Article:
A Hertfordshire mother of two whose son was left minutes from death after swallowing a battery wants to warn other parents of the dangers of button batteries.
Hollie Phillips, 27, who lives in Abbots Langley feared for her son Ralphie’s life after the one year old swallowed a small button battery, also known as a coin battery, and quickly became very unwell on Wednesday, August 25.
Hollie said: “The day before Ralfie’s first birthday, I was at home tidying the bedroom. I turned around and saw that he was chewing on something. I didn’t think anything of it at first; kids are always picking things up and I just assumed it was a piece of food. Within 15 minutes, he was screaming and crying uncontrollably and projectile vomiting black acid.”
Ralphie was taken to Hemel Hempstead Urgent Care and later to Watford A&E, where metal detector scans showed up clear and doctors tried to work out what had happened. As his condition became progressively worse, Ralphie was rushed to Addenbrooke’s Hospital trauma centre in Cambridge, and an x-ray revealed a battery was stuck in his chest.
Doctors had to act fast, as the battery had already been in his body for 21 hours. Emergency surgery was carried out for three hours on Ralphie’s first birthday, August 26, to remove the battery.
Ralphie survived the surgery, but the battery had caused damage, burning a hole in his oesophagus and leaving internal burns. He remained in hospital for 17 days until Saturday, September 11, and was fed through a tube until the hole in his oesophagus closed up. He will return to hospital for a second surgery in mid-October.
Explaining the horrifying events, Hollie said: “We are very, very lucky that he has somehow survived. The NHS staff were amazing. We want to raise awareness so other parents know of the dangers and can see the signs.
“Listen to your own instinct; if you think something isn’t right, then it usually isn’t. Even if you don’t see the child swallow anything, these signs can save a child’s life. Do not have button batteries in your home; throw away any toys with them in; do not change car keys, watches etc in your house with these they are not worth the risk.”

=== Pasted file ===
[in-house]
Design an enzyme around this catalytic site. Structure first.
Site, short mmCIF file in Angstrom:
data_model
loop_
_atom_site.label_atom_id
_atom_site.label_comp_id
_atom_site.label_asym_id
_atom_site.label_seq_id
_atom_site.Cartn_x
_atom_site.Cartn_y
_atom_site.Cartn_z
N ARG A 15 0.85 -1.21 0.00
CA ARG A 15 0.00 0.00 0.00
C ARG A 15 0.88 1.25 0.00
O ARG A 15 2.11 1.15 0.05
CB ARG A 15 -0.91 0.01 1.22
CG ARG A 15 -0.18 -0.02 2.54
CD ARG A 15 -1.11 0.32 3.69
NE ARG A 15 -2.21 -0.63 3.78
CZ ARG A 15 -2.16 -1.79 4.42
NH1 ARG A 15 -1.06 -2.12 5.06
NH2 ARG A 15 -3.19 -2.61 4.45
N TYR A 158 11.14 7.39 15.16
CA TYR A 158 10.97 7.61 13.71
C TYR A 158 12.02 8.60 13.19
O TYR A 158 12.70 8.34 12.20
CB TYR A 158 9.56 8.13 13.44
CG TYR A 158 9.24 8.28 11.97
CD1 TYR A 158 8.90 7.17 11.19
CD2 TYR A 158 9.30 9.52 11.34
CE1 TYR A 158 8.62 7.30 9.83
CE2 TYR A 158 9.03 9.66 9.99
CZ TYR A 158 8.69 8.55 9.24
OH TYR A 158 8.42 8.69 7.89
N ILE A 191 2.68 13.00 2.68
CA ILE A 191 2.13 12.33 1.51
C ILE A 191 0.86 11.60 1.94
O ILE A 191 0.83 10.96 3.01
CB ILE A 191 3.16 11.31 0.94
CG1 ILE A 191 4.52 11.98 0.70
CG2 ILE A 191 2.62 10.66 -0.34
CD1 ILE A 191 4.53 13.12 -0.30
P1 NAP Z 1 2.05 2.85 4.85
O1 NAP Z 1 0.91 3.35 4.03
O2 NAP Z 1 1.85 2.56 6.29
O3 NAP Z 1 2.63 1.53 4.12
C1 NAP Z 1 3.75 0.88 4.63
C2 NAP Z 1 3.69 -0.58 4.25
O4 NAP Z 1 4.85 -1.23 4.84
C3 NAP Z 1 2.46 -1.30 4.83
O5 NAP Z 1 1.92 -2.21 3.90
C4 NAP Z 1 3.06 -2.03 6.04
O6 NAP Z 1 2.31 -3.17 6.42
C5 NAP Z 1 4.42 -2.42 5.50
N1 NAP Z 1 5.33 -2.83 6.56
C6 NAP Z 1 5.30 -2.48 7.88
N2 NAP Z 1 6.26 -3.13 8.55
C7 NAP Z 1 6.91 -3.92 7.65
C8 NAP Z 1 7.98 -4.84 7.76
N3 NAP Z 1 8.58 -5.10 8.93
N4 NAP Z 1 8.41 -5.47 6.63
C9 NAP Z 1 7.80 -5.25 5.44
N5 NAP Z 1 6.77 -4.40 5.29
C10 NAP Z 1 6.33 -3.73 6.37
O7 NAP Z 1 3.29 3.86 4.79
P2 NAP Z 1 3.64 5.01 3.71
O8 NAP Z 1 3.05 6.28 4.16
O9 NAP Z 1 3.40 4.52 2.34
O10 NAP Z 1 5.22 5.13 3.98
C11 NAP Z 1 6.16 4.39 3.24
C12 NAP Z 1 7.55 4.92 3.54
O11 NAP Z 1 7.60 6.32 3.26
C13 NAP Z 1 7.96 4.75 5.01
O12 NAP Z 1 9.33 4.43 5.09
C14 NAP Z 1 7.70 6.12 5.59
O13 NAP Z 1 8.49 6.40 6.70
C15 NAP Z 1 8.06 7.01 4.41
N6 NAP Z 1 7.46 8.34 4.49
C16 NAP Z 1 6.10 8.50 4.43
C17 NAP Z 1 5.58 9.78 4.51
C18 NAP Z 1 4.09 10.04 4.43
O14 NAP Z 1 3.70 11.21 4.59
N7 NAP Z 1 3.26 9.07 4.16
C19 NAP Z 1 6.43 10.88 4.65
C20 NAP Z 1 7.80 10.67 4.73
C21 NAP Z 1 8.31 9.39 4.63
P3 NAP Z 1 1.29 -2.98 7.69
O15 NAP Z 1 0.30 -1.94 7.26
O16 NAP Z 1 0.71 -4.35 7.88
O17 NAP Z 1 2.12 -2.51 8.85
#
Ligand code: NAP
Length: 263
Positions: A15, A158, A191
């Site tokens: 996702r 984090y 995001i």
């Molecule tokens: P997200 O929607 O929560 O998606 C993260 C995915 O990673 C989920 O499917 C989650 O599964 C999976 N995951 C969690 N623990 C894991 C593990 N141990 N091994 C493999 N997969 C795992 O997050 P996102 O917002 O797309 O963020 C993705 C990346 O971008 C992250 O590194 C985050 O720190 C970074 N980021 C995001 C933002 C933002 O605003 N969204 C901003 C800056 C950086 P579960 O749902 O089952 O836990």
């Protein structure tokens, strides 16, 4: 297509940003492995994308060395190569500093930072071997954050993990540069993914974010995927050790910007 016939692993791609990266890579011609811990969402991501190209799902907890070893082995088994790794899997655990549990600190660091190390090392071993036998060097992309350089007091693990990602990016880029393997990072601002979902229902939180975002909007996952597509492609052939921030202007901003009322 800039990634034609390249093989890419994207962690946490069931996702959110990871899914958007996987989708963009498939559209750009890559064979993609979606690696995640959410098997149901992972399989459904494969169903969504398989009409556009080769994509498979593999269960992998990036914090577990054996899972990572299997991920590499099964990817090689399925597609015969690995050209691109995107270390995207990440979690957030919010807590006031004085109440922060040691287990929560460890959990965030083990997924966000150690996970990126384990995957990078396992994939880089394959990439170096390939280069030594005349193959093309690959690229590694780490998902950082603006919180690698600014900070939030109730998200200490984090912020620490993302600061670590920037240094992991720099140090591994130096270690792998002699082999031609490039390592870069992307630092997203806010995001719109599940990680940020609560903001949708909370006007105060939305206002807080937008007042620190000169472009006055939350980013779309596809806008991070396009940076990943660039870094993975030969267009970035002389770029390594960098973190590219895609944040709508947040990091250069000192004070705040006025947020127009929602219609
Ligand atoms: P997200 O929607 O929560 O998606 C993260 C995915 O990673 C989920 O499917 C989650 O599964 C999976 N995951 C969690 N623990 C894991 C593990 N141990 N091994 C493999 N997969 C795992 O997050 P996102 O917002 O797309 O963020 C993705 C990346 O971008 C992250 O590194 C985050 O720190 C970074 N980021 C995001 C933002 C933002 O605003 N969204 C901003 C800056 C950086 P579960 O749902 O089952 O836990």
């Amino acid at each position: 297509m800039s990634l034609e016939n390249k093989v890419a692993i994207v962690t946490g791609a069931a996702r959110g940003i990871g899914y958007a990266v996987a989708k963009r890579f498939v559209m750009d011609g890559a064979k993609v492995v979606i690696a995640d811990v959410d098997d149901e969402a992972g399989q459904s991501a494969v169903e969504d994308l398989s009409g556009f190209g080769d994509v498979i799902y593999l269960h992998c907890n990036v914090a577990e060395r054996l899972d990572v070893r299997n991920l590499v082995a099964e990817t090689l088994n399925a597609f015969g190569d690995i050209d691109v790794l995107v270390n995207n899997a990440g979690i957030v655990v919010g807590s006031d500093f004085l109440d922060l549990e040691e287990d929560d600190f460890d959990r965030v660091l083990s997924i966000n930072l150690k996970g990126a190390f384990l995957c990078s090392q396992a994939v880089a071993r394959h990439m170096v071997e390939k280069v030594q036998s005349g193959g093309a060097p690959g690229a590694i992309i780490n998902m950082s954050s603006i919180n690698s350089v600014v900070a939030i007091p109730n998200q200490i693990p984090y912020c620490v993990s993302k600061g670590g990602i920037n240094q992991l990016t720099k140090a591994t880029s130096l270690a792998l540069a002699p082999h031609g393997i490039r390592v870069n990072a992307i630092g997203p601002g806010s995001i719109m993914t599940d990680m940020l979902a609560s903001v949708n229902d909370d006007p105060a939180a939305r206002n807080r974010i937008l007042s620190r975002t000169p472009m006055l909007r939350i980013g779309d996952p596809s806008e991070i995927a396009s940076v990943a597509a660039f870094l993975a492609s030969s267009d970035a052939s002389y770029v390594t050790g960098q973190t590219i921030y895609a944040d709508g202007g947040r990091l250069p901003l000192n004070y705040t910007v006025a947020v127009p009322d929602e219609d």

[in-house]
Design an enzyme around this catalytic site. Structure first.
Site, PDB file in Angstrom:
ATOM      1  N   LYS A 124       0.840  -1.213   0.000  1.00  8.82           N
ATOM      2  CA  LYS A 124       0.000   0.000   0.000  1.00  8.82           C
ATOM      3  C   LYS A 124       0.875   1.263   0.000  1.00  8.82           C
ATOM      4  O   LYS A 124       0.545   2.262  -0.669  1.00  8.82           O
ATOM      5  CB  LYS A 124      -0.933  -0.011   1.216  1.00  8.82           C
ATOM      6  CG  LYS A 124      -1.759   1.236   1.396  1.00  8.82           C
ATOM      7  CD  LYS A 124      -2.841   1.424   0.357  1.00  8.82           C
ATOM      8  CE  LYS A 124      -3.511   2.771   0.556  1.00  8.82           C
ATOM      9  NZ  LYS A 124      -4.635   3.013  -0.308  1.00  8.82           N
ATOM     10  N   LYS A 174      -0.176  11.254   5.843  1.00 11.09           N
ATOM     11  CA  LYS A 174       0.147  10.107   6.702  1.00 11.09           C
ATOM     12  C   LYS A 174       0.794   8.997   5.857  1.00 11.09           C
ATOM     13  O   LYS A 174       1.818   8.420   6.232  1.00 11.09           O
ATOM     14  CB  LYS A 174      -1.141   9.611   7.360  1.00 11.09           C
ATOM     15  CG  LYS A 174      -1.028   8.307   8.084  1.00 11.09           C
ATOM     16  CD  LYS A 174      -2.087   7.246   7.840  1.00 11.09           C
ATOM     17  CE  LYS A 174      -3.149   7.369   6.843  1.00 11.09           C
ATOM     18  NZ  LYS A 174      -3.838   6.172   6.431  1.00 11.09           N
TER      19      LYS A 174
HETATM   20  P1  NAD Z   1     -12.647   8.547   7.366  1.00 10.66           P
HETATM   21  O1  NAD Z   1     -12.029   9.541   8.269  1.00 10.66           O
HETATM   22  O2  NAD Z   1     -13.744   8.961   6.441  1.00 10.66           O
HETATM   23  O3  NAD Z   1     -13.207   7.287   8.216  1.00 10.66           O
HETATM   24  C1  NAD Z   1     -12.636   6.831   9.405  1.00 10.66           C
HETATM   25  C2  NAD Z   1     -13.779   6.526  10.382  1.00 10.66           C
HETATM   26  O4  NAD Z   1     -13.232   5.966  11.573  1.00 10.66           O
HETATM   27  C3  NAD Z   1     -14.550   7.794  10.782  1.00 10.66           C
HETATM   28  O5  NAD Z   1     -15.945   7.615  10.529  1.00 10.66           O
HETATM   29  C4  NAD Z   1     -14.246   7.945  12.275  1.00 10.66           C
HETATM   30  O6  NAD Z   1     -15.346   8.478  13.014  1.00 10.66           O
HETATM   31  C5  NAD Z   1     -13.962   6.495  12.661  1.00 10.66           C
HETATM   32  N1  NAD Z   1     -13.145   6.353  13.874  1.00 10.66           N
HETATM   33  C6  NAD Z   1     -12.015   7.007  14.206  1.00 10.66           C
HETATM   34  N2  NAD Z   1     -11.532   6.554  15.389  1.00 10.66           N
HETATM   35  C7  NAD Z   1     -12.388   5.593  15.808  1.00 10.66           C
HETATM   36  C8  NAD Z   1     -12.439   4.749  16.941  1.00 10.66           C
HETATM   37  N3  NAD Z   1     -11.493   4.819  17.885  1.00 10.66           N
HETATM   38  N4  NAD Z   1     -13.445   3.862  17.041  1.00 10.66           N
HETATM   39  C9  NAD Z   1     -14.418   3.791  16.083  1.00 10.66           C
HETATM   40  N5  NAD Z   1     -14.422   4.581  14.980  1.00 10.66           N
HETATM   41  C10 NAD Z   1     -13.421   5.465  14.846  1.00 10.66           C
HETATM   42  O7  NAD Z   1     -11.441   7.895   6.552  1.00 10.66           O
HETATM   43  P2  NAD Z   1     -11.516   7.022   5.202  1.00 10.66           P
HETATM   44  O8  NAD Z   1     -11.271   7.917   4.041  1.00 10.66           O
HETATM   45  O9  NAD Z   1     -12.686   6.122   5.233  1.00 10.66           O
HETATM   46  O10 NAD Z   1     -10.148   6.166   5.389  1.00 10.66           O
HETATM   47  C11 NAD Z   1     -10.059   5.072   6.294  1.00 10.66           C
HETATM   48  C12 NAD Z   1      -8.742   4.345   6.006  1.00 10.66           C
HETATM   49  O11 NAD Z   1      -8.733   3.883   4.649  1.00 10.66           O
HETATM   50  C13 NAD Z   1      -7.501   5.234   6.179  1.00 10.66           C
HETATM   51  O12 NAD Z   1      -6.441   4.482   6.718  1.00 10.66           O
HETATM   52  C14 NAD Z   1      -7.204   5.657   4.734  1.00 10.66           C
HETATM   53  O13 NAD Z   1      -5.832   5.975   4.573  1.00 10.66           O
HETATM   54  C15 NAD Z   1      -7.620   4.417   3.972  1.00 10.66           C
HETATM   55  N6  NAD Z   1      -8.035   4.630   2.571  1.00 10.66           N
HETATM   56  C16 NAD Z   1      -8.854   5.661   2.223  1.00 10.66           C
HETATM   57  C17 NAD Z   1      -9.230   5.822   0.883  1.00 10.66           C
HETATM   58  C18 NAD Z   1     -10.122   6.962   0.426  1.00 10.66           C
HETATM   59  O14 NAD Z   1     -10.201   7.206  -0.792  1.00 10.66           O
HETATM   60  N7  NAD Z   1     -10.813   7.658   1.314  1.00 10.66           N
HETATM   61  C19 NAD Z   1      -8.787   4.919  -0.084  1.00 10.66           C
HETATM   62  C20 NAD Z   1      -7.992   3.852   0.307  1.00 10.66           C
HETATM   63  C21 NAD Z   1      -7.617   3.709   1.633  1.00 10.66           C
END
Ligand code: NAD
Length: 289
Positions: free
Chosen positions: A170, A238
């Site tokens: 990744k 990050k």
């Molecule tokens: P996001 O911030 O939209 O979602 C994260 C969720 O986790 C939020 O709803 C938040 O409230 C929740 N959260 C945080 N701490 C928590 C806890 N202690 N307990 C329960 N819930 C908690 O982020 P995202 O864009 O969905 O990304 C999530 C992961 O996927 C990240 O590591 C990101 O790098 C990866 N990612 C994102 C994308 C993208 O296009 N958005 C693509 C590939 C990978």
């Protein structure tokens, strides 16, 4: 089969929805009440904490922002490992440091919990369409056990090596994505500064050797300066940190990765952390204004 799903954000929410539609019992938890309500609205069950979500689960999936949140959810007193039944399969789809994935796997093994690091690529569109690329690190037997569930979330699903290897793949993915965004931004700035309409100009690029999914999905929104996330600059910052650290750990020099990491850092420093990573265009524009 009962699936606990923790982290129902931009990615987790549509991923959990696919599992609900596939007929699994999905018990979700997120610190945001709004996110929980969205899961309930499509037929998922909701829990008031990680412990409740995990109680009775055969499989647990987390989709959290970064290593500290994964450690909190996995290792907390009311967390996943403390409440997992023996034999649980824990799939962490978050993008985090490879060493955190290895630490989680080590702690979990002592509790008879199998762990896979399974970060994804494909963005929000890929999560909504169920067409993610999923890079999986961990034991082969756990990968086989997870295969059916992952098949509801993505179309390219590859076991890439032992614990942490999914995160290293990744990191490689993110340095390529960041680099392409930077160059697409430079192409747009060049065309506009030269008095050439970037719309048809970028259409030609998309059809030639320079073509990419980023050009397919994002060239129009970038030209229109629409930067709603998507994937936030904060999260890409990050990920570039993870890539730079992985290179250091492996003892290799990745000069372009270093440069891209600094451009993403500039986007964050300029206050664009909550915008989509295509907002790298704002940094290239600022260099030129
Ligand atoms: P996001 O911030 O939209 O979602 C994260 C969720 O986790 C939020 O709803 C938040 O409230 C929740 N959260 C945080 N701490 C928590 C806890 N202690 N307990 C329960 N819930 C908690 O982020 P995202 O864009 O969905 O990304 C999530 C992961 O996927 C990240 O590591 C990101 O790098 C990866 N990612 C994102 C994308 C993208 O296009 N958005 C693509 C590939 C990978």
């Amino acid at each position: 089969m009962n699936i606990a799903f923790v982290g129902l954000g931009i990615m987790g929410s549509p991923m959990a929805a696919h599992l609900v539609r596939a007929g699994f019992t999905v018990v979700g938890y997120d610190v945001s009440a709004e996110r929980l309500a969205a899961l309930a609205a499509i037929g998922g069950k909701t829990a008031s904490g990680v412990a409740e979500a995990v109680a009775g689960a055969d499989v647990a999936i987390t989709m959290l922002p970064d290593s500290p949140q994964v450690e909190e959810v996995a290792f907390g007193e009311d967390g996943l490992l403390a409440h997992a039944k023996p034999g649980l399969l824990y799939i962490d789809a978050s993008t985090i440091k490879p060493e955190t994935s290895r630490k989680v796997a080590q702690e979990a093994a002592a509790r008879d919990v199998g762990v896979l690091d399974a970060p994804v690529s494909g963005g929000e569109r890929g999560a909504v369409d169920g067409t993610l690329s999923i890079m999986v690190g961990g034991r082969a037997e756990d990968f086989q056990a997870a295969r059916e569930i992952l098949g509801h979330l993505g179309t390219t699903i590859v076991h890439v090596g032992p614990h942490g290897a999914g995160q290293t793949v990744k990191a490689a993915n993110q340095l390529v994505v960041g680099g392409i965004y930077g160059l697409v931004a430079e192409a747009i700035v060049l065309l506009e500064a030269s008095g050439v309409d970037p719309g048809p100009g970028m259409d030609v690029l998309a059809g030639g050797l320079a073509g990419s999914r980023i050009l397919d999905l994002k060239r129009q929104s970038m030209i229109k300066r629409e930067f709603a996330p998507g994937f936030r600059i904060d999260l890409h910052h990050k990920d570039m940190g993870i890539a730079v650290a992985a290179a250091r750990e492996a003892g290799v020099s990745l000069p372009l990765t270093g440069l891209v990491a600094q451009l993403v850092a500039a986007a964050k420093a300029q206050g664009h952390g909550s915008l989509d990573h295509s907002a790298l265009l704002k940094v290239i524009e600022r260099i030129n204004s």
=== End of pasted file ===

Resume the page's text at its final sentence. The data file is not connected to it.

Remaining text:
Following a whirlwind few weeks, Hollie warned others by posting a video on Instagram, which has been viewed more than 750,000 times, highlighting the signs of button battery digestion and what to look out for.
Signs a child may have swallowed a button battery
- Inconsolable screaming
- Arching of back
- Brown vomit with blood or black spots with a strong acid smell
- Excess saliva and dribbling
- Unable to swallow
- Refusal of food or drink
- Eyes rolling back
- Change of colour to the skin
Hollie wants to use Ralphie’s experience to raise awareness and work with schools, nurseries and toy companies to campaign to make button batteries safer and less accessible to children.
Ralphie’s family have also got behind a petition called Lee’s Law, following the tragic death of another child, Harper Lee, who sadly died due after swallowing a button battery in May 2021. The petition campaigns for button batteries to be banned from non-essential items. To sign the petition, visit chng.it/hPph2CP7ZC
For more information on button batteries from the NHS, visit gosh.nhs.uk/conditions-and-treatments/conditions-we-treat/button-batteries-using-them-safely/